"I know Cris 'Cyborg' is the big name in the 145-pound division, but right now with her situation, I'll just let that pan out," Holm said during this event's official media call last week. "There has to be a lot to happen before our fight. She has to deal with whatever's going on with USADA—who knows what's going on with that—and I've got to get through this fight."
One of the complicating factors for Holm is that, five fights into her UFC career, we're still never sure exactly which version of her will show up.
While amassing seven straight wins on the independent circuit from 2011 through 2014, the former women's boxing champion established a reputation as one of the sport's most fearsome strikers. She notched six TKOs over that stretch, including this head kick against Allanna Jones that made highlight reels everywhere in summer 2013:
Upon arriving in the Octagon, however, Holm squeaked by in tepid decision wins against Raquel Pennington and Marion Reneau before marshaling her forces for the performance of a lifetime against Rousey. Immediately after, however, she retreated to earlier form.
The vision we have of her now is a big, athletic fighter who can be devastating when opponents bring the action straight to her but who sometimes slips into a shell when things don't go her way.
If Holm looks uninspired or overmatched against de Randamie, it could spell the end of her time as an elite fighter.
Perhaps unfortunately for her, Bleacher Report's Patrick Wyman forecasts a tough night against de Randamie:
"This is a brutal matchup for Holm. She's facing another high-level striker with a preference for outside fighting but one with better fundamentals, more power and an edge in the clinch if it goes there.
De Randamie has two options here and can beat Holm with either. If she wants to stick at long range and fight Holm at distance, she has the tools—jabs and kicks—to keep pace there while doing more damage than the American. If she prefers to pressure and work into the pocket, she can rely on her power and clinch game to get the job done."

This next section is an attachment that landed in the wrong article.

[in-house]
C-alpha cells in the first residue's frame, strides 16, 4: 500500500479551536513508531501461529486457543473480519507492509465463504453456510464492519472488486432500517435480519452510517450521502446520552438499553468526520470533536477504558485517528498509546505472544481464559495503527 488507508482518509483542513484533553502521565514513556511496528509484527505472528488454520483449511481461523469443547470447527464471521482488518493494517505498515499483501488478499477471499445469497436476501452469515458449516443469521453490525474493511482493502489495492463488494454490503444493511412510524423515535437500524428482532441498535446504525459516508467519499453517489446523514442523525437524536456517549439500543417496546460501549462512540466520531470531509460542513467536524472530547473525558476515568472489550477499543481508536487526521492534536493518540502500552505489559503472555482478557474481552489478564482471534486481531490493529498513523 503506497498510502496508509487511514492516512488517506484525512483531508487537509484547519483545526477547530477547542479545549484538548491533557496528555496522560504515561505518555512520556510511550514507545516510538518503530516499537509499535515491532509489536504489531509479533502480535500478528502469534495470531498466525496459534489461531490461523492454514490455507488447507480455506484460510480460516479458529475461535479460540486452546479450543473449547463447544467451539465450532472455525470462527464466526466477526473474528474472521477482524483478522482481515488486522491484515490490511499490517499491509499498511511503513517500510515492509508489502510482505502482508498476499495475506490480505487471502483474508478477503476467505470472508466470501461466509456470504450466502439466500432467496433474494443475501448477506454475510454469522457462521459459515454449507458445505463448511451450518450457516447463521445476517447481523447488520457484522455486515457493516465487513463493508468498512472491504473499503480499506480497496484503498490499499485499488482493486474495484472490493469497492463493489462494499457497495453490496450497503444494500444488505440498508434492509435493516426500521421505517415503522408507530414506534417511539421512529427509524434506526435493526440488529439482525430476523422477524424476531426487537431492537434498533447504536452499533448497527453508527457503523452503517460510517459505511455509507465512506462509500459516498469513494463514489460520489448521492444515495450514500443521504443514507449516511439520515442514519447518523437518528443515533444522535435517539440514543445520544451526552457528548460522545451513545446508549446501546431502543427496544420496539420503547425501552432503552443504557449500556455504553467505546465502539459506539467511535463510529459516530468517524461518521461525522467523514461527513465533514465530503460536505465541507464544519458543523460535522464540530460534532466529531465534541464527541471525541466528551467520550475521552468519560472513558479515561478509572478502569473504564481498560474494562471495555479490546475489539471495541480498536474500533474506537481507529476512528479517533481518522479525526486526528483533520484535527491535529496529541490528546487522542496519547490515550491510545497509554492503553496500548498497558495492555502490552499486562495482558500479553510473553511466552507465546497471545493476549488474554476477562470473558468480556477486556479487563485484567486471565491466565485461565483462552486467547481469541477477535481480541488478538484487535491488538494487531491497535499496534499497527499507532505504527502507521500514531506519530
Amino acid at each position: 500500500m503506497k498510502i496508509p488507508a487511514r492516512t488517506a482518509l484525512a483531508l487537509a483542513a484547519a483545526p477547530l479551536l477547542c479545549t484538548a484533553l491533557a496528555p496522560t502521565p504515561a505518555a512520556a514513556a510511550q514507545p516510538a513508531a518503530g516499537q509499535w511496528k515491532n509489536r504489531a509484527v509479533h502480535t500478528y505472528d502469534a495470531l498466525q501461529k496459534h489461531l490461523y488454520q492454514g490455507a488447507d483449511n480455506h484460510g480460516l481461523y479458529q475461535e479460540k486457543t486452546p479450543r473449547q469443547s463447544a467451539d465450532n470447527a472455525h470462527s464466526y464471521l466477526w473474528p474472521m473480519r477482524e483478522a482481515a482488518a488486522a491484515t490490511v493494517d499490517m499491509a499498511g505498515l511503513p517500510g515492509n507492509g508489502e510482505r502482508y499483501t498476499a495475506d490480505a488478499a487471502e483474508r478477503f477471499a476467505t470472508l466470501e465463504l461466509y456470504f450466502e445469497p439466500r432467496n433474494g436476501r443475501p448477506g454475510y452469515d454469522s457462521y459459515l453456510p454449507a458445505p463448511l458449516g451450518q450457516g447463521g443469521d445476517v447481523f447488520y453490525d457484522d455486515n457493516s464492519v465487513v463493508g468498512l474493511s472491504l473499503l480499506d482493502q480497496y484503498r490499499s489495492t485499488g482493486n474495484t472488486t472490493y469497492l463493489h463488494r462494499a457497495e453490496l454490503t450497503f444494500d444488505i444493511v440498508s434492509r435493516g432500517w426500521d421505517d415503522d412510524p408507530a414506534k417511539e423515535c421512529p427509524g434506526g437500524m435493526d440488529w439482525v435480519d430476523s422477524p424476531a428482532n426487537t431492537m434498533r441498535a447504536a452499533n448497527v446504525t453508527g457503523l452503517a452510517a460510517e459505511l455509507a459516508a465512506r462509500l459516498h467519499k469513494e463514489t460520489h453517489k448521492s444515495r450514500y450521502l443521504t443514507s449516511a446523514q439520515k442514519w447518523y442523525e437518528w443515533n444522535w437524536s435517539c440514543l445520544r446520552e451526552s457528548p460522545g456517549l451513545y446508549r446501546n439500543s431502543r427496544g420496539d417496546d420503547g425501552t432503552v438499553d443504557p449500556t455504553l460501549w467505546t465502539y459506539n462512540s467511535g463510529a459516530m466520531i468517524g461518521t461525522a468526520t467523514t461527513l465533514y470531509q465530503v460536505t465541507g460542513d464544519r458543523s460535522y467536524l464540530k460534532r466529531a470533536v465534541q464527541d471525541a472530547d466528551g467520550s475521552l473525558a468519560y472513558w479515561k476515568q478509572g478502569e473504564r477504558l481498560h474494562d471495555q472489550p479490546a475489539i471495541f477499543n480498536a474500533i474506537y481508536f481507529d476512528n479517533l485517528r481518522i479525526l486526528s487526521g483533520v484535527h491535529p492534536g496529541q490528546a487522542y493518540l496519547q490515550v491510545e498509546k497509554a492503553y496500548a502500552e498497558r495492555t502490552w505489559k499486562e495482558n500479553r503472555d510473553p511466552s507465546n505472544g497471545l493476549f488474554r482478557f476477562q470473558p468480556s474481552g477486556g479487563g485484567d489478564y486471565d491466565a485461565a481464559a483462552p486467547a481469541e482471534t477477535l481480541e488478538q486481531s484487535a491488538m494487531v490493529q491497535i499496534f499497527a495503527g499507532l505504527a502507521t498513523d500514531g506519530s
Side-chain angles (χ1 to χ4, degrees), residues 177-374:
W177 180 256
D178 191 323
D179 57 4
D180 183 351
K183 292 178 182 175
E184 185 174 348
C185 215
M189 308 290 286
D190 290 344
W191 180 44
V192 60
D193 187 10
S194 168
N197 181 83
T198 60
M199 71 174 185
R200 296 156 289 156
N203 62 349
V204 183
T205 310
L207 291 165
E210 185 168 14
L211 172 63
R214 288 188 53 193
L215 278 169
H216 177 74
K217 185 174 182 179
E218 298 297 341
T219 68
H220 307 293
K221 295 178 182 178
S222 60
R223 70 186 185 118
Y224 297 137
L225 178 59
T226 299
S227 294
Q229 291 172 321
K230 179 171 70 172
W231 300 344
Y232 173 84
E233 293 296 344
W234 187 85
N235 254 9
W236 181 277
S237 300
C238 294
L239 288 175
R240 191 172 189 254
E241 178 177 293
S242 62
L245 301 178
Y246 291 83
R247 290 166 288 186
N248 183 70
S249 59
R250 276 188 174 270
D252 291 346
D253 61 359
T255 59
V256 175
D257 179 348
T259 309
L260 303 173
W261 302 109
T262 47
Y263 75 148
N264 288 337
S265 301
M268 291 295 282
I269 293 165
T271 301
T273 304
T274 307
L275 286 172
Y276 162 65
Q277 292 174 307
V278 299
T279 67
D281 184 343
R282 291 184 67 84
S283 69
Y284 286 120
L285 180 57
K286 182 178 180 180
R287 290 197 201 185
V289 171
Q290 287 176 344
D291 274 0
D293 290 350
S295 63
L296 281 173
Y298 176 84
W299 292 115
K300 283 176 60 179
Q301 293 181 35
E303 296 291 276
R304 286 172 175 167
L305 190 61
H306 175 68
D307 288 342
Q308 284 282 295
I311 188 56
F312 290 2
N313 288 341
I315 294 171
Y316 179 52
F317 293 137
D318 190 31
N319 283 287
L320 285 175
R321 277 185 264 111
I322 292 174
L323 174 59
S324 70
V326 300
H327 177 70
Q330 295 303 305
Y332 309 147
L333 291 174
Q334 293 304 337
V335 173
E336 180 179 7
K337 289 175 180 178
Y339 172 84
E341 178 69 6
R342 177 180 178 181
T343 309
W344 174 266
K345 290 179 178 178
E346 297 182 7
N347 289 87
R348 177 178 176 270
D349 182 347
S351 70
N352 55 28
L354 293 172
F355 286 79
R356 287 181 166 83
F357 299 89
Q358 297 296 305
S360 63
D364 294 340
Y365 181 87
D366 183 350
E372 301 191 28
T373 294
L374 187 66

De Randamie comes into this fight as the slight favorite, according to OddsShark. The Dutchwoman is also likely far more of an unknown to UFC fans, having made just one main card appearance while putting up a 3-1 record in the Octagon.
That one loss was a first-round TKO at the hands of Nunes in November 2013, though she's notched a pair of TKO stoppages her last two times out.
At 5'9", de Randamie was always a tall, lanky bantamweight, and she'll enjoy slight height and reach advantages over the 5'8" Holm. On the other hand, pure athleticism should be squarely in Holm's favor, and if de Randamie handles this bout as aggressively as some previous UFC fights, it might play right into Holm's strengths.
No matter who wins, however, the future is speculative at best.
The most likely scenario for either a Holm or de Randamie championship is that the 145-pound division continues to adopt top challengers on a case-by-case basis, mixing and matching contenders moving up from bantamweight and perhaps the occasional crossover from Invicta.
At worst, women's featherweight fails to gain any traction, and the UFC ends up scrapping the whole division.
With Cyborg continuing to loom over everything at this weight, we can't say much for sure until her future is decided.